The United States on Wednesday won the right to appeal the health grounds upon which a decision was made by a district judge in London not to extradite the WikiLeaks publisher to the United States, reports Joe Lauria.
By Joe Lauria
Special to Consortium News
Two judges at the Royal Courts of Justice in London on Wednesday sided with the United States to allow it to appeal the judgement by District Judge Vanessa Baraitser in January that Julian Assange was at too high a risk of suicide to be extradited to the United States.
The U.S. on July 5 was granted the right to appeal the decision not to extradite but not on the grounds of Assange’s health. That was reversed on Wednesday.
The U.S. now has the right to argue that the testimony of the defense’s key expert witness on suicide, Prof. Michael Kopelman, should be deemed inadmissible or granted little weight because Kopelman concealed from the court that he knew Assange had had two children with his partner, the lawyer Stella Moris.
Clair Dobbin, an attorney for the U.S., told the court that concealing that information undermined Kopelman’s credibility and Baraitser’s judgement. “The overall impression is that judge thought this was a reltively minor matter. It is duty of expert witnesses that it does not mislead,” Dobbin said.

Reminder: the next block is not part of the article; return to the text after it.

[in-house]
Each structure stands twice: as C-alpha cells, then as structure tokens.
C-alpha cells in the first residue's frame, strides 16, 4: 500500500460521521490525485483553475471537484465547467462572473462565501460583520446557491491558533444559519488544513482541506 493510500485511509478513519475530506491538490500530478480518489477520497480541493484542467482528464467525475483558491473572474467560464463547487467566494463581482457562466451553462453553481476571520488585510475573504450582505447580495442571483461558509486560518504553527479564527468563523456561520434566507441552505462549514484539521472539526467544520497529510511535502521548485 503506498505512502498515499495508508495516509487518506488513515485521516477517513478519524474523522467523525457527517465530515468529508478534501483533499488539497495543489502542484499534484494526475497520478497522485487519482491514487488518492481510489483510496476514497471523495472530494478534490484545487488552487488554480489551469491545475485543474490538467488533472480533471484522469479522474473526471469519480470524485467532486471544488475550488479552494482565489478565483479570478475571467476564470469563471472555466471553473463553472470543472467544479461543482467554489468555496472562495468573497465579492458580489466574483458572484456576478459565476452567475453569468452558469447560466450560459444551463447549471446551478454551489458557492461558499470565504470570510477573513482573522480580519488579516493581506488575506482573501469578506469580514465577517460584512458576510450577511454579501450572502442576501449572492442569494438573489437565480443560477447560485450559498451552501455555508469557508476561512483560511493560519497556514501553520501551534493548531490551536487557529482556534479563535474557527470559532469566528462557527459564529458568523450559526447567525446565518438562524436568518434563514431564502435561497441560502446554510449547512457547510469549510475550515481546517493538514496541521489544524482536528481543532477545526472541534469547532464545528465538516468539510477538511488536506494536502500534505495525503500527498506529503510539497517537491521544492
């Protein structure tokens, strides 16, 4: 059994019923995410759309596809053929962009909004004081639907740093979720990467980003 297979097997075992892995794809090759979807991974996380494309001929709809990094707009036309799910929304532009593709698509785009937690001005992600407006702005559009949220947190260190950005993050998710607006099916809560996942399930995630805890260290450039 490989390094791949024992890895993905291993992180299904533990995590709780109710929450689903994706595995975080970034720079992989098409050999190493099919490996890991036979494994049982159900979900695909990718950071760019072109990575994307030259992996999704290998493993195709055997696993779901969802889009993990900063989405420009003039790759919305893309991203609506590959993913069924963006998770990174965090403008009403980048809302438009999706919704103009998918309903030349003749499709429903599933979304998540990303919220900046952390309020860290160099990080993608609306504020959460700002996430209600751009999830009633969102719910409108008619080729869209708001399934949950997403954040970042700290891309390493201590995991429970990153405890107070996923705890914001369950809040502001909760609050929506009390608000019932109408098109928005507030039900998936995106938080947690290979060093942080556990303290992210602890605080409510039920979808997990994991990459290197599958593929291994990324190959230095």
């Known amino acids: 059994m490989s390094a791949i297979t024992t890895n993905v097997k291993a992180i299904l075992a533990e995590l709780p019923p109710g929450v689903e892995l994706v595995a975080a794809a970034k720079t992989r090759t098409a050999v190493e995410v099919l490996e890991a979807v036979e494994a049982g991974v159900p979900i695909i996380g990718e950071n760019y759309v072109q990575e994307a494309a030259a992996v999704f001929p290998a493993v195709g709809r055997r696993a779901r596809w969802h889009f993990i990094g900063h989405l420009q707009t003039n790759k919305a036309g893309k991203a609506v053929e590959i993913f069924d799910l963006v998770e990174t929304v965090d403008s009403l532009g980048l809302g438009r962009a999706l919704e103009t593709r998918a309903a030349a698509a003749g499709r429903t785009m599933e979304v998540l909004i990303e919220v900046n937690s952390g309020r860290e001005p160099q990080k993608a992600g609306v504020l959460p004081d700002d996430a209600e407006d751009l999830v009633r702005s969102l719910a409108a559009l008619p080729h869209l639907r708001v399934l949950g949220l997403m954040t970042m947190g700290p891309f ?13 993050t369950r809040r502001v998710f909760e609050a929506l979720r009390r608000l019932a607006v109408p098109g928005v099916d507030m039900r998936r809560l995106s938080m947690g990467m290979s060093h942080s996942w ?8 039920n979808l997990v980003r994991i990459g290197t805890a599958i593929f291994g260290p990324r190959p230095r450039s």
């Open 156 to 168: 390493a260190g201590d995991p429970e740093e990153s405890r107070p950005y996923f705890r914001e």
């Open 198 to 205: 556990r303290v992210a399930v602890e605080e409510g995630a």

Baraitser in her judgement acknowledged Kopelman had mislead the court but for “human” reasons, namely to protect the safety and privacy of Moris and the children. Baraitser ruled that Kopelman had been an impartial witness.
Edward Fitzgerald for the defense reminded the court that evidence in the Spanish case against the company UC Global, which spied on Assange inside the Ecuador embassy for a U.S. intelligence agency, revealed that agents had stolen the diaper of one of Assange’s children to get the DNA to prove he was the father.
They also discussed poisoning or kidnapping Assange. Baraitser heard this testimony and knew the dangers that lurked for Moris and the children and accepted that Kopelman was protecting them.
“It’s not that you make one lapse and your evidence is inadmissible and should be given no weight,” Fitzgerald told the court. “It is not a point of law. And the court should not give leave on that.”
But the court did. Lord Justice Timothy Holyrode gave full attention to Dobbin but fiddled with his pen and looked around the room when Fitzgerald spoke. And when it was time for his ruling he played it by the book. Kopelman had signed a witness declaration that he told the truth but he had not. “It is arguable he did not act in accordance with his duty and the DJ [Baraitser] erred,” he said. “It is probable that the DJ … had an incorrect approach.”
The substantive hearing of the U.S. appeal will be on Oct. 27 and 28. The U.S. has just been given a wider berth to overturn Baraitser’s decision not to extradite Assange.
Joe Lauria is editor-in-chief of Consortium News and a former UN correspondent for The Wall Street Journal, Boston Globe, and numerous other newspapers. He was an investigative reporter for the Sunday Times of London and began his professional career as a stringer for The New York Times. He can be reached at firstname.lastname@example.org and followed on Twitter @unjoe
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